A new, digital spin on your old school shop class

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    This was what shop classes looked like back in 1892 at the Dwight School in Boston. Teaching young people to use tools readied them for a modernizing economy. Today some school administrators are rethinking the shop class and opting to convert them into digital labs to train kids on the tools of the next economy. 
[Public domain]/Wikimedia Commons)

    This was what shop classes looked like back in 1892 at the Dwight School in Boston. Teaching young people to use tools readied them for a modernizing economy. Today some school administrators are rethinking the shop class and opting to convert them into digital labs to train kids on the tools of the next economy. [Public domain]/Wikimedia Commons)

    Goodbye lathes, hello 3D printers.

    Across the country, a handful of schools are giving their old shop classrooms a major makeover, turning them into engineering labs. Goodbye hammers and saws, hello CAD programs and 3D printers.

    Junior High School 157 in Queens, New York is one such school. It’s a full city block of solid brick, standing three stories tall, housing over 1,600 students. On a recent visit, teachers told me it’s probably the most diverse school in the area, and a lot of the students are on free lunch.

    On a tour of the classrooms, Principal Vincent Suraci led me up the stairs to the school’s new crown jewel. Its engineering labs.

    He said the school was built in the late 1940s, complete with shop classes, which were meant to prepare students for the hands-on world of manufacturing work that was common at that time

    “When we were looking to bring technology into our school,” he told me, “we identified the shop classrooms as the perfect area to begin our computer labs, and our STEM labs.”

    Almost three years ago now, Junior High School 157 was selected as one of twenty schools in New York City’s Software Engineering Pilot program, co-sponsored by AT&T.

    “We have students who are creating apps,” said Suraci, “students are learning to code, students are participating in flight simulations with our flight simulator.”

    Yeah, that’s right…they have a flight simulator.

    He walks me down the hall to the schools STEM lab. The energy of the classroom boils over. Teacher Louis Cooper leads 30 students—all sixth graders—working on three separate activities. Besides the flight stimulator there’s kids working on a computer-aided design program (CAD)—they’re following along in an instruction pamphlet. It tells them step by step how to design a 3d object.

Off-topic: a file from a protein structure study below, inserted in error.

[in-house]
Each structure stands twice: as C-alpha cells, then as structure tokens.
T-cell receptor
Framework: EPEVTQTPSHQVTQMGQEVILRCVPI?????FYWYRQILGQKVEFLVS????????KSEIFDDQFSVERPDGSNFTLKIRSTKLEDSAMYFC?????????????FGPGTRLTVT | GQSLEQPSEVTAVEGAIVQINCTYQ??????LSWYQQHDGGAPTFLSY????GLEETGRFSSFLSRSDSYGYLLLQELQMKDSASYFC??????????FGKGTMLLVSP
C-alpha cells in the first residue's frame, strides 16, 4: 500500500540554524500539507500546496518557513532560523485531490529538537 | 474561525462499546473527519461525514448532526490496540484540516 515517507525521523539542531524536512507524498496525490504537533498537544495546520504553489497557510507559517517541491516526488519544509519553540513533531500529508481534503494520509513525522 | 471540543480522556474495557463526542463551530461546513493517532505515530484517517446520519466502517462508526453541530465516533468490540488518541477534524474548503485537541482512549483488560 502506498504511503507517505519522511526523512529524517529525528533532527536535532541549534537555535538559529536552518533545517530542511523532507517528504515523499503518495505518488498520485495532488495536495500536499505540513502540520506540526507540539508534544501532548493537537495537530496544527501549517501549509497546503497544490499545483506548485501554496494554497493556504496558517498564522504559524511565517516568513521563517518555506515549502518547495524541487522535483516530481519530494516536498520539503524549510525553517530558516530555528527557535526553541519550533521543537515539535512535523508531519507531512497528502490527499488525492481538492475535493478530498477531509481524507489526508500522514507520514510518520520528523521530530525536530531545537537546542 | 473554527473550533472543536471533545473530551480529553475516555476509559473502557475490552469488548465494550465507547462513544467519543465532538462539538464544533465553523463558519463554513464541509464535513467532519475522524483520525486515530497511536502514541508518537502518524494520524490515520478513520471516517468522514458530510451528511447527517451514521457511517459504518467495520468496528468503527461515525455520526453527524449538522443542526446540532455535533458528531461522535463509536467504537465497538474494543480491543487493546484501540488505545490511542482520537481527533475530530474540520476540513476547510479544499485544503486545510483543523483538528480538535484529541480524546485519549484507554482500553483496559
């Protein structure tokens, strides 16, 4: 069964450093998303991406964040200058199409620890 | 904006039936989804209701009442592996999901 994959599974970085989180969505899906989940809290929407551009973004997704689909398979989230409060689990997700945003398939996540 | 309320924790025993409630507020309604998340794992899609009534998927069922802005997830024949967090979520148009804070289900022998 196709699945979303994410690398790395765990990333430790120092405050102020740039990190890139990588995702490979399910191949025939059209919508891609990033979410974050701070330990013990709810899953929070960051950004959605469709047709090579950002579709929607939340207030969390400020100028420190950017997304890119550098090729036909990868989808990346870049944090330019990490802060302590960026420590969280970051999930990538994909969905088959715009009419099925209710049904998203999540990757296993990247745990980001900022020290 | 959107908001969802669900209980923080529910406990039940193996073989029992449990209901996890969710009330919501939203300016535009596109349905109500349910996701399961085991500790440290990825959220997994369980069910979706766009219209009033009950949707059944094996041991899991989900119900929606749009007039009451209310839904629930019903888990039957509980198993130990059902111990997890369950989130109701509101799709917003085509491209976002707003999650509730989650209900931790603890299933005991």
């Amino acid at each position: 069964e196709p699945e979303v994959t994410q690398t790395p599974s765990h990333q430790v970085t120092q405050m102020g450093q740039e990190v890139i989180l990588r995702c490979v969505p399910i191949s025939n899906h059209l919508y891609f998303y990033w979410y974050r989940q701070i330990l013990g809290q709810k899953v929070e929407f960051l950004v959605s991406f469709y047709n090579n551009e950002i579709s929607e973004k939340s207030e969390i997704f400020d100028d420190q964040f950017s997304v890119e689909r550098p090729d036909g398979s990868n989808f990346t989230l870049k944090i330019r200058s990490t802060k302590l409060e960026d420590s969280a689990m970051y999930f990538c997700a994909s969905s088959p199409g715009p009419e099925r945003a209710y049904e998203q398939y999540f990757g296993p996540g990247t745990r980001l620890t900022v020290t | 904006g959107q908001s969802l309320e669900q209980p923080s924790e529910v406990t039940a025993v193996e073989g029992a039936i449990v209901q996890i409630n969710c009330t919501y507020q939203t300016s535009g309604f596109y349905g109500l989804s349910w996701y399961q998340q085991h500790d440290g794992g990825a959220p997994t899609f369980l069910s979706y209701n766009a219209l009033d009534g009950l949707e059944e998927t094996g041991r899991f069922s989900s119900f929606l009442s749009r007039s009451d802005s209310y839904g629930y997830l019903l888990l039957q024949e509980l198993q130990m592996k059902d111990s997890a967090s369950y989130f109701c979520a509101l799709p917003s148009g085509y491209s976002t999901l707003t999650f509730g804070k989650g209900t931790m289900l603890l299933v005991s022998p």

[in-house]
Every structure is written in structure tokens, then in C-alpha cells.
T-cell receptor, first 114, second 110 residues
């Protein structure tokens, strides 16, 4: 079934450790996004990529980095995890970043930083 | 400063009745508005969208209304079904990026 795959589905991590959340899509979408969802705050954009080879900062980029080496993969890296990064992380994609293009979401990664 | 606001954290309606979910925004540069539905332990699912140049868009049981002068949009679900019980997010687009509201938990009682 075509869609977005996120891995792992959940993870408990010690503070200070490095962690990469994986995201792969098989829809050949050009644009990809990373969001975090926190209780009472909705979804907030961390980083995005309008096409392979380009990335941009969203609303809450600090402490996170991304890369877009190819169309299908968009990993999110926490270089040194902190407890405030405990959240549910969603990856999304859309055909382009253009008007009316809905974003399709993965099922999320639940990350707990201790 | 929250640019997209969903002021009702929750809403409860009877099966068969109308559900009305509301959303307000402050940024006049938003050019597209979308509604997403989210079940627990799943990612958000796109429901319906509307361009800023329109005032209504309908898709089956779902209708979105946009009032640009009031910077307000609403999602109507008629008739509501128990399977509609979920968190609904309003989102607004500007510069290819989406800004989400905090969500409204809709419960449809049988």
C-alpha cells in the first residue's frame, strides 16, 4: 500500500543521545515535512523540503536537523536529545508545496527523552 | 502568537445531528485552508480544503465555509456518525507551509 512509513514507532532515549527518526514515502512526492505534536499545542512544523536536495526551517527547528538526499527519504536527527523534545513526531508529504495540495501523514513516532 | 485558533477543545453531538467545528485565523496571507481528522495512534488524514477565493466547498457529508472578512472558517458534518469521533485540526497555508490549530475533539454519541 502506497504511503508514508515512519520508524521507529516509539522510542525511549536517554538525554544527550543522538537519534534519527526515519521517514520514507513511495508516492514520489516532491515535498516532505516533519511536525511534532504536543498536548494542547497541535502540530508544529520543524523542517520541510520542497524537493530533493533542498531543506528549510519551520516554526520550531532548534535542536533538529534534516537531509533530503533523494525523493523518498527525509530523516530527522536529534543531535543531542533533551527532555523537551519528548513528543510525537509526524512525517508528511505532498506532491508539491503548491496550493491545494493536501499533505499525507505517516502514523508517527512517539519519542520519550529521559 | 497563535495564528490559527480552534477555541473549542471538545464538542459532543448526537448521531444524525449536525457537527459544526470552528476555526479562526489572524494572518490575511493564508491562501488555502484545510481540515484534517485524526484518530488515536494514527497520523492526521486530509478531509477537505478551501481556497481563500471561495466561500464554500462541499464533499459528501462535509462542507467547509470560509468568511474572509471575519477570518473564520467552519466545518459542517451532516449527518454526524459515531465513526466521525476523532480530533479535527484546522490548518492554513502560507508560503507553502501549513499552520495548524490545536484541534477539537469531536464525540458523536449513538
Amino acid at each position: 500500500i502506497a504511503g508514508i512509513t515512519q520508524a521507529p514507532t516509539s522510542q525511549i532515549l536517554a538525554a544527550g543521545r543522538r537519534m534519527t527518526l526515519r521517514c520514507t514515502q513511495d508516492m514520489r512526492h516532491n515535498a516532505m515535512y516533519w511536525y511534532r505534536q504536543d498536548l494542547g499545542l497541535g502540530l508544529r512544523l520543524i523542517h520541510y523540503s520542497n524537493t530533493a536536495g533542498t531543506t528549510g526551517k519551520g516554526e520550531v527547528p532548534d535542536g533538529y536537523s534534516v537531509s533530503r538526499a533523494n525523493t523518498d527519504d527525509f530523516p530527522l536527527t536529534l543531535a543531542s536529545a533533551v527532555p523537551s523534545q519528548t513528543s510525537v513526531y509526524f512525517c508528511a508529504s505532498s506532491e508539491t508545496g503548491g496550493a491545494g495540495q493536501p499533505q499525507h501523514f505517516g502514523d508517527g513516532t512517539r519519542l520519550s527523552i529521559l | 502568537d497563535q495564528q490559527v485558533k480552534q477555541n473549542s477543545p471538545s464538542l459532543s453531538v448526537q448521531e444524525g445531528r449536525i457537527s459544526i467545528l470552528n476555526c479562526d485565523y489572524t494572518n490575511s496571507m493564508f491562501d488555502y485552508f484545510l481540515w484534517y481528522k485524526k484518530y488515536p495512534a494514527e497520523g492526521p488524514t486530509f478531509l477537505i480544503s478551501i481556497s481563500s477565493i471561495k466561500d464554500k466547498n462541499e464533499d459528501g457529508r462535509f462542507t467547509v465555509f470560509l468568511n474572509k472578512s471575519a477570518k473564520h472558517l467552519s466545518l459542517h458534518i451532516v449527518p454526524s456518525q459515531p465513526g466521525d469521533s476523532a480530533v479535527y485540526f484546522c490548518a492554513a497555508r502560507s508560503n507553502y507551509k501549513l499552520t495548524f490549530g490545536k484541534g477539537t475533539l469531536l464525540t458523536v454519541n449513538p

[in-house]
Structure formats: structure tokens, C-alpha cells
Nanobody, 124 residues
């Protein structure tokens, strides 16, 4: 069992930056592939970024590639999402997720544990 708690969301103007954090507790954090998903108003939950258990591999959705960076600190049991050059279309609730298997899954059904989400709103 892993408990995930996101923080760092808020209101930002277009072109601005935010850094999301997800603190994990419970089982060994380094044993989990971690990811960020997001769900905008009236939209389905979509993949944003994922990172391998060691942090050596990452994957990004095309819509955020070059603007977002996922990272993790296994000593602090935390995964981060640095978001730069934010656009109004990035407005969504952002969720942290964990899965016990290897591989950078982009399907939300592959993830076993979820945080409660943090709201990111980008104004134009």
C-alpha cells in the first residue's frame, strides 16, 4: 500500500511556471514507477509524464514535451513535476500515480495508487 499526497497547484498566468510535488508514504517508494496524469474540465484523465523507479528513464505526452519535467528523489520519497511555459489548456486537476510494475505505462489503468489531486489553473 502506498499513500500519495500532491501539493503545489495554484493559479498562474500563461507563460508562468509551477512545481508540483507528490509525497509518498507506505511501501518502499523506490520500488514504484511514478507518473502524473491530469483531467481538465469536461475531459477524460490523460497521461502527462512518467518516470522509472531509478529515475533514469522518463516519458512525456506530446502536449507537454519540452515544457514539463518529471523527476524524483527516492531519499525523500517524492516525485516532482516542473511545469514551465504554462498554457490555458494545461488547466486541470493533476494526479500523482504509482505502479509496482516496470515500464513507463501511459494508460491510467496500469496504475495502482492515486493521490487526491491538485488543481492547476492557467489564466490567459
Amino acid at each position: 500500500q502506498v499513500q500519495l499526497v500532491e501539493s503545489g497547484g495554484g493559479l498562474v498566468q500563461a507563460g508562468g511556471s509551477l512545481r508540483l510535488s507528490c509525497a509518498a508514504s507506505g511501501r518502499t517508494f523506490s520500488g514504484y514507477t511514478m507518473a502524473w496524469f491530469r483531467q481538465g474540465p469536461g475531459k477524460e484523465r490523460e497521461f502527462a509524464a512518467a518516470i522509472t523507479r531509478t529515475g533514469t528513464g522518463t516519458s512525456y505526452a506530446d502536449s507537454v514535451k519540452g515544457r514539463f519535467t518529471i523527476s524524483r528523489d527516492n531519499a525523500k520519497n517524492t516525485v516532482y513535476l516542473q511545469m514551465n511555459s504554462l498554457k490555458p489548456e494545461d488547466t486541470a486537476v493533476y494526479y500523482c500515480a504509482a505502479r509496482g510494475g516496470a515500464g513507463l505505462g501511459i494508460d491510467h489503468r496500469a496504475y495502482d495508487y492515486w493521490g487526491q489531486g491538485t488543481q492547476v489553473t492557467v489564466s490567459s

“It kind of looks like a lego with a hole inside,” one student explained.

    Other students are researching famous inventors using big touch screen tables. In two other corners of the class sit 3D printers. The students will eventually use the CAD program to design and print objects with them.

    This feels like the future, but among the tech-savvy 11 year olds, fancy hardware, and the flight simulator, there’s something largely missing. Girls. Like the shop classes of the 20th century, this STEM lab is also short on female representation. STEM lab teacher Louis Cooper told me he’s noticed this too.

    “There’s just something about the middle school age,” he said. “You see the enrollment with girls just fall off.”

    “We’ve had a lot more girls in the recent years,” says software engineering teacher Laurie Stahl Van-Brackle. “In one class I have 2 girls, and he has one class that’s all guys. But I have one class with twelve girls and another that has like 7. So that’s great.”

    The kids get to pick their electives before the school year starts. Things like drama, chorus, band, art, and engineering. And for most girls at this school, the engineering classes just aren’t the winner in that mix.

    But the teachers say once girls see what’s going on in the engineering room, they get excited about it. And the few girls who are in the engineering elective classes I visited, were totally loving it.

    A couple of the girls in Stahl Van-Brackle’s software engineering class had gone to New York’s Maker Faire and were enthused about a huge robot that could shoot fire out of its wrists. And in the other classroom the one girl working on the CAD program was clearly at the head of the pack.

    “I want to be an engineer when I grow up,” she said resolutely. “So this is why I joined this. I was the only girl at the beginning. But I wanted to join because even if there wasn’t any girls I still wanted to persist and do this.”

    About half the kids I talked to said they wanted to be engineers. These are sixth graders, but they used words like “persist” and “career goals” and “achieve my dreams.”

    And here’s what’s really cool about these classrooms, apart from the glitz of the technology—the kids here are using math, they’re using reading skills, problem solving, and they’re testing their skills by making stuff.

    This fall New York’s mayor pledged that every student in the city will get computer science classes by 2025. And other cities in the nation are making similar goals. There’s a big price tag attached to that promise, one that will require more private donations beyond tax dollars.

    Tech companies have a big motivation for funding these made-over shop classes. They’re helping train their future employees.

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